Whenever a new copy is created (or recovers from a failure) it must be brought up-to-date before the name-server is informed of the recovery (before a client can make use of the replica). When this is done the copy can take requests from clients along with the other members of the group. The updating of recovered replicas can be done automatically if an out-of-date replica intercepts/receives a write request from a current transaction, as has been mentioned previously.
Consider the history of events shown in the diagram below, where T1 and T2 are different transactions operating on two replica groups whose members are xl, x2 and yl, y2. Assume that T1 and T2 are using a "read—one copy, write—all—available copies" scheme and that there are initially two copies of objects x and y which they both wish to access. The execution of events is as shown, with time increasing down the y—axis.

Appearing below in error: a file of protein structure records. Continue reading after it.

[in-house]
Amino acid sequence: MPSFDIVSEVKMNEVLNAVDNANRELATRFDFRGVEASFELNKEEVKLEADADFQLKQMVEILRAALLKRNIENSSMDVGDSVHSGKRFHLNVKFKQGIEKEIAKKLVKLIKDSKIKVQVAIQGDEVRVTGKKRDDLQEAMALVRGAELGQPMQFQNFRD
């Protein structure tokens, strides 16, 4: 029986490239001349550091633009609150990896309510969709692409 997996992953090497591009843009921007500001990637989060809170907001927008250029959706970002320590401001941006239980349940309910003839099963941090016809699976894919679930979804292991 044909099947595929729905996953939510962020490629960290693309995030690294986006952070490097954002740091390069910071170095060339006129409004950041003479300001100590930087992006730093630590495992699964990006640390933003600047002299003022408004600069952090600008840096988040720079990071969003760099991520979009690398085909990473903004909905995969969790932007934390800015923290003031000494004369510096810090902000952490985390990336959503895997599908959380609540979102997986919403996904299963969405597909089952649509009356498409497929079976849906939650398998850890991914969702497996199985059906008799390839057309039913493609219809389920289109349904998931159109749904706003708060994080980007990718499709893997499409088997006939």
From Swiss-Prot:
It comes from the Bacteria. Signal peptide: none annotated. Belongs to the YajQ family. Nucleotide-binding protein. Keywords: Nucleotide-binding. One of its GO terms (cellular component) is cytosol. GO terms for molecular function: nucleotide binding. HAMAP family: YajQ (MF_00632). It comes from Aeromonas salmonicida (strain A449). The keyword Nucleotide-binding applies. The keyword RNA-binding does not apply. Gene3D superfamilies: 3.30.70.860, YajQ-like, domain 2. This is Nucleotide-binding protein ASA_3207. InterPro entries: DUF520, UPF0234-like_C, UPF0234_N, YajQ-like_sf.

Because of the assumption made by Available Copies that all functional replicas can
always be contacted, this means that this protocol cannot be used in the presence of network partitions. Anode which is partitioned cannot be distinguished from a failed node until it has been reconnected. If the replication protocol assumes that all nodes which are unavailable have failed when in fact some have only been partitioned, inconsistencies can result in the replicas. As such, if partitions can occur then the replication protocol must be sufficiently sophisticated that it can ensure consistent behaviour despite such failures.